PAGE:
The engineer & the Internet: ‘Things’ aren’t what they used to be
Throughout 2018, tech-savvy subscribers to CFE Media engineering titles – which include Control Engineering and Plant Engineering — will be kept abreast of important productivity advances via IIoT for Engineers, a series of print-and-electronic supplements, newsletters and webinars.
The Industrial Internet of Things (IIoT) supports optimization and reliability in process automation, enterprise-assets management and industrial-IT-based business operations.
It’s exactly those worlds that readers of CFE Media’s engineering titles inhabit.
CFE Media IIoT editorial deliverables focus on best-practices implementation and application of IIoT solutions in discrete-manufacturing and process industries. Case-study examples demonstrate that engineers already use IIoT to address tactical challenges and form strategies for improved productivity.
IIoT for Engineers will appear each quarter in CFE Media engineering titles. Moreover, an electronic IIoT Report newsletter will inform subscribers of news pertaining to the latest developments in IIoT across the range of its industrial applications.
Definitions and more
The “things” that IIoT refers to are uniquely identifiable objects. Their virtual representations, combined with middleware and a service orientation, allow machine-to-machine communication among computers, embedded processors, smart sensors, actuators and mobile devices, with limited human intervention.
CFE editors say the IIoT concept combines advances in sensors and smart devices at the process level; enhanced connectivity across operations and execution; and analytics availability for decision makers. One way to look at IIoT is as an alternative to the traditional automation triangle of control, execution, and enterprise levels.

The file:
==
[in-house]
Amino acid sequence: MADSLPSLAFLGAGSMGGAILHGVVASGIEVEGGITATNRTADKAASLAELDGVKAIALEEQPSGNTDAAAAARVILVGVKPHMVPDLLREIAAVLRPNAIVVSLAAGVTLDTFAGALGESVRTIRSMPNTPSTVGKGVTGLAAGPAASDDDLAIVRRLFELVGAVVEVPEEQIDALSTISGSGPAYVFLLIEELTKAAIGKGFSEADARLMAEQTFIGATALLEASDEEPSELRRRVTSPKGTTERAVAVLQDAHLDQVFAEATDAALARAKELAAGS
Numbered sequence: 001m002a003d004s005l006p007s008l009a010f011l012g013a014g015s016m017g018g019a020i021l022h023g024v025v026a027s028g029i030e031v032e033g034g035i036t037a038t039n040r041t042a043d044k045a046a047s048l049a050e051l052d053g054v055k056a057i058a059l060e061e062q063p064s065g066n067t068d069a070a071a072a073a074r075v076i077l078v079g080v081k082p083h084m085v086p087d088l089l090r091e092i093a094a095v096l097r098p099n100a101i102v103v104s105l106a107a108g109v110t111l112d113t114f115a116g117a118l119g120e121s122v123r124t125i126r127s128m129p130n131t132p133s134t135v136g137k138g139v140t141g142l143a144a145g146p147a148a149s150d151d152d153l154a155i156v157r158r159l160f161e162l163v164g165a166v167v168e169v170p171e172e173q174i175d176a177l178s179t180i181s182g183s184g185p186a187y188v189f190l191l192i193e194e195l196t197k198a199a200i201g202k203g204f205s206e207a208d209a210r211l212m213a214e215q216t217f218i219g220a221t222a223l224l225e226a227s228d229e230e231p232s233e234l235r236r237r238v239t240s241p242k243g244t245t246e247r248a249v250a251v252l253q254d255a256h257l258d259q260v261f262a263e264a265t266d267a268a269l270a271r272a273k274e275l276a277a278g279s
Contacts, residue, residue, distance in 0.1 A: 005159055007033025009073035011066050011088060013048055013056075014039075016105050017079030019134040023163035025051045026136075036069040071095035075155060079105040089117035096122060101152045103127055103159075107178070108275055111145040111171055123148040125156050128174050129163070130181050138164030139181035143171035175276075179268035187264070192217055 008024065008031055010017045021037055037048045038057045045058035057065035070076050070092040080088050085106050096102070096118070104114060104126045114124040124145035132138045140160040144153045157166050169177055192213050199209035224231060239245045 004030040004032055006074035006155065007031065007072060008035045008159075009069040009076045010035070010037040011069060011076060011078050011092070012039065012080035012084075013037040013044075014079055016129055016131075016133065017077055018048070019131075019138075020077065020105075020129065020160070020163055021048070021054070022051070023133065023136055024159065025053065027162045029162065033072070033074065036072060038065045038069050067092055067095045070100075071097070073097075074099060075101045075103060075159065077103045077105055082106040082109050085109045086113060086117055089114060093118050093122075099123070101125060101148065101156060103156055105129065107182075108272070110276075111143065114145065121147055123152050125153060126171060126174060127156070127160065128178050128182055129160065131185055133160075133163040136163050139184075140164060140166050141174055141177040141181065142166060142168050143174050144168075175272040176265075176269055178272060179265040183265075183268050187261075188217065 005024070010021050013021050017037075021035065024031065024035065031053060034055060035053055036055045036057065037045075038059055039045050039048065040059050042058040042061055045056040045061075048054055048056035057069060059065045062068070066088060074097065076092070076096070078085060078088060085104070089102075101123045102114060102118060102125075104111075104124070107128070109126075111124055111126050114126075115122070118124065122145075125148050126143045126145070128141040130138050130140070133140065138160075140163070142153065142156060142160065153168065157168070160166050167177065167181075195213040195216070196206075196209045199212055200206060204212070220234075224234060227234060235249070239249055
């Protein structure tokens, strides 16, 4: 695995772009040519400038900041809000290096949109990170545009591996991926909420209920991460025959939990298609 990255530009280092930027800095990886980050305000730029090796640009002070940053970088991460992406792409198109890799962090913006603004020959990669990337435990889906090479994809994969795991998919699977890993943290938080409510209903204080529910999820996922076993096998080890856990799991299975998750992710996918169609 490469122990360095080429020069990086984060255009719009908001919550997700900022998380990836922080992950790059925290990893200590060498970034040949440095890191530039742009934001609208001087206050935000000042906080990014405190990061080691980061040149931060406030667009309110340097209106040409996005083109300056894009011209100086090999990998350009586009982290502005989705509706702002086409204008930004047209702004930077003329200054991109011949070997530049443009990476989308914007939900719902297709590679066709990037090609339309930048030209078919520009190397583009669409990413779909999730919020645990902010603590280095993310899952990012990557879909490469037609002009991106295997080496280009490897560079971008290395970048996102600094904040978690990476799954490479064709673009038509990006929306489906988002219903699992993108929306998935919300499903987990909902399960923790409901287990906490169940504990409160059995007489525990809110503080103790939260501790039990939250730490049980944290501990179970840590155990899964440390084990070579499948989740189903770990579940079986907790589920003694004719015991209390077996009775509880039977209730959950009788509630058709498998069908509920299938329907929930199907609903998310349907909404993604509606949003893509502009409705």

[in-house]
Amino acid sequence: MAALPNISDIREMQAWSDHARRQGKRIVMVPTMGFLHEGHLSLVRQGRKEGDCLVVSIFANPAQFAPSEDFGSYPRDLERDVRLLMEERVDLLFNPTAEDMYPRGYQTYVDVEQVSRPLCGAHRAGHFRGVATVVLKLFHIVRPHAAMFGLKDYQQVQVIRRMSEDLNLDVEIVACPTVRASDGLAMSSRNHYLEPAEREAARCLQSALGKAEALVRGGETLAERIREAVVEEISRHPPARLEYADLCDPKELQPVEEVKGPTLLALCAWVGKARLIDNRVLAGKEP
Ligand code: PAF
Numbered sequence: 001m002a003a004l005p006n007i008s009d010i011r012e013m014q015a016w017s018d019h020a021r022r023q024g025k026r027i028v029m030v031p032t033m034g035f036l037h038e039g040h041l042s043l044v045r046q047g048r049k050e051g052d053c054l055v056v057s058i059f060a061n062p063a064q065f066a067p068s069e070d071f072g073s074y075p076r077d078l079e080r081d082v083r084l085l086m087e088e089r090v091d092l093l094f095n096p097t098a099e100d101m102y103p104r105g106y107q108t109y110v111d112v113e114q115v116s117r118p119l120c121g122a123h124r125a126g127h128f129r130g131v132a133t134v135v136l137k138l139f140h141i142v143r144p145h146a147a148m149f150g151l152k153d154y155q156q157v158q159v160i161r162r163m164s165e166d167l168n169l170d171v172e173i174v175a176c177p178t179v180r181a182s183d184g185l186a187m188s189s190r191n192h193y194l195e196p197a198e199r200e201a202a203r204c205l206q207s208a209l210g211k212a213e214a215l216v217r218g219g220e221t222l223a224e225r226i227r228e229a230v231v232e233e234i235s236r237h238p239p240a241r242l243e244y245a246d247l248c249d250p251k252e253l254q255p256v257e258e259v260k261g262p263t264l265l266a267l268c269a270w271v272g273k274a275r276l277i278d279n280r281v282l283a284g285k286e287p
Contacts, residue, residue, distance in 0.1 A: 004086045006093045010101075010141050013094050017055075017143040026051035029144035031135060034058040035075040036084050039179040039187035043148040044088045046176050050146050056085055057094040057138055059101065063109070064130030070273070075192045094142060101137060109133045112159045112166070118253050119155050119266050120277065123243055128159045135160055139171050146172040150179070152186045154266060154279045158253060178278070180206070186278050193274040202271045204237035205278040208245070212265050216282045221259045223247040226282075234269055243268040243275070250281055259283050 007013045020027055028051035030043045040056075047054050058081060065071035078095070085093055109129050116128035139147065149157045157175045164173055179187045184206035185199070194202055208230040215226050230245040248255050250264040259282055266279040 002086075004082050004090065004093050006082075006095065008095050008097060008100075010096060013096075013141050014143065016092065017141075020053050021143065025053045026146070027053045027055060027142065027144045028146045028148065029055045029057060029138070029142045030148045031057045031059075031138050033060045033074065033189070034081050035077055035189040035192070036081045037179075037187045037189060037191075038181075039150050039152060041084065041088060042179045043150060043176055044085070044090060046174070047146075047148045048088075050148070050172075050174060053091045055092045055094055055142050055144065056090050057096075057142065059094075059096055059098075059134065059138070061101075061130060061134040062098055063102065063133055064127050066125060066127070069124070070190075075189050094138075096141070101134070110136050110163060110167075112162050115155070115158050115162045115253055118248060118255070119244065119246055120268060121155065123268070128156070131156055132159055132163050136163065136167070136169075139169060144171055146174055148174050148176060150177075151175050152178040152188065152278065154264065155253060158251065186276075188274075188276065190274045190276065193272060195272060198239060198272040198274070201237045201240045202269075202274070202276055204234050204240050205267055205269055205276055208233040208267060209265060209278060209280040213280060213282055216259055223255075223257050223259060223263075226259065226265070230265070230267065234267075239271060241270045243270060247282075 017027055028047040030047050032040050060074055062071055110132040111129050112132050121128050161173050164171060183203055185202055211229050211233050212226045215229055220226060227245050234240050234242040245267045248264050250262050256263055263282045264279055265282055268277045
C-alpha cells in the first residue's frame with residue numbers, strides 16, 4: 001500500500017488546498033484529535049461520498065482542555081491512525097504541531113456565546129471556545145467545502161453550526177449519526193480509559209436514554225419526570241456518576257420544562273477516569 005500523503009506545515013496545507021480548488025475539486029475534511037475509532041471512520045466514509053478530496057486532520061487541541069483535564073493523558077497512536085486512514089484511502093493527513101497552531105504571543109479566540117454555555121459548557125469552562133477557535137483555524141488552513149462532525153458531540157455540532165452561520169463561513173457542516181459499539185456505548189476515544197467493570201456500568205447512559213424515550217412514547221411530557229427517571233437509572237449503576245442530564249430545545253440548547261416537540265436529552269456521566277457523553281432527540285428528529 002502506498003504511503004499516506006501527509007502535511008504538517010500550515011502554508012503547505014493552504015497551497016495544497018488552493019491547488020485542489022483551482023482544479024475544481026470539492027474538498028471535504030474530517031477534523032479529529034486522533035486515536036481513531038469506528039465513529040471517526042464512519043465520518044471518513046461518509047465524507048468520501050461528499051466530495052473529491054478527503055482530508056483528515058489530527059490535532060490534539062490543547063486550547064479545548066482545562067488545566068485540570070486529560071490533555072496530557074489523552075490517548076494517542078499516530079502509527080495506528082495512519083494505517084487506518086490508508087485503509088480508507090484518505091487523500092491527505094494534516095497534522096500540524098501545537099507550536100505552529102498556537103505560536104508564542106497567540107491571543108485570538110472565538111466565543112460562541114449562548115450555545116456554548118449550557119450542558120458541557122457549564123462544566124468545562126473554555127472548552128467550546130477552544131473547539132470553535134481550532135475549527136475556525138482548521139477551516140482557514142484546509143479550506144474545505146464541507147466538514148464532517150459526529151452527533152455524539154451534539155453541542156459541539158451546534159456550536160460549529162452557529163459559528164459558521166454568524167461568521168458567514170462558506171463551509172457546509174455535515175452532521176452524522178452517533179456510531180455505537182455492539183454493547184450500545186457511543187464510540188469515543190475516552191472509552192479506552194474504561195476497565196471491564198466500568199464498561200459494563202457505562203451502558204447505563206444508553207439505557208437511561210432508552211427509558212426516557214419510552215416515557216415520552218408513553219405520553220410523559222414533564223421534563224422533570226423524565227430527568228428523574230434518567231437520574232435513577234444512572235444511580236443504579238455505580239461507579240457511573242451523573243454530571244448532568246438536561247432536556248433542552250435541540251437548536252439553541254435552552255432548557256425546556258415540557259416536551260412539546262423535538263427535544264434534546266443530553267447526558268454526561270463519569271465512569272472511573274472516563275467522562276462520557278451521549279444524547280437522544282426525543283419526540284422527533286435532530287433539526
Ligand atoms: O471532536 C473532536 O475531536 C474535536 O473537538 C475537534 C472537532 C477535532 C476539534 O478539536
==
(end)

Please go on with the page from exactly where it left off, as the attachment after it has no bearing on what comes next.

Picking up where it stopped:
At the device level, new generations of multi-parameter and industrially strengthened sensors are being introduced, as well as Internet fieldbus and protocols, advanced Internet switching, and a range of embedded systems.
In a largely unforeseen development, microcontroller kits have emerged as an industrial solution for building IIoT digital devices and interactive objects. These microcontrollers, along with cybersecurity gateways, will be found closer to process sensors and actuators, acting as a kind of distributed intelligence, making devices smarter, enabling analysis and putting closed-loop control at the process.
In a plant environment, therefore, IIoT efforts might start with pervasive use of sensors and wireless to allow monitoring of things like pumps, motors, steam traps, heat exchangers, valves and piping systems. The same IIoT principles applied in production plants deliver similar benefits to buildings and surrounding infrastructure.
In process automation, by substituting open-computing for proprietary standards, IIoT-based integration encompasses legacy systems, to improve productivity of existing processes without major operations disruptions.
At the execution level, the point may be to have a single interface that melds automation elements and the IT network, or maintenance with an operations view.
Unlike some integration technologies proposed over the years, IIoT embraces legacy systems and the installed base, and progress can proceed from “the bottom up.” In other words, innovation can be achieved by mid-size enterprises, and the capital investment involved doesn’t necessarily require a corporate initiative. In this it resembles the supervisory-control (SCADA) markets that grew so precipitously in the 1990s.
- In process control & automation, the cloud and mobility transform SCADA implementations and remote field services.
- For enterprise-assets management, connecting complex, disparate machines and equipment to operations and enterprise systems enables machine-to-machine connectivity, predictive, asset-based maintenance and secure monitor and alarm.
- Further, software as a service IIoT contributes to a changing paradigm for application implementation, management and use. Software as a service paired with ubiquitous connectivity allows industry to quickly and securely tap into the latest application capabilities.
- When it comes to business operations, real-time insight based on contextualized information and data analytics allows rapid, reasoned response to demand changes. Other impacts, such as for example, product-design influence, are even more strategic.
IIoT-based technologies and applications will evolve into solutions that support specific engineering management roles in discrete-manufacturing and production-process industries. How these emergent technologies, some of them already in use for years, will transform the global industrial landscape, is the story that IIoT for Engineers will tell in 2018.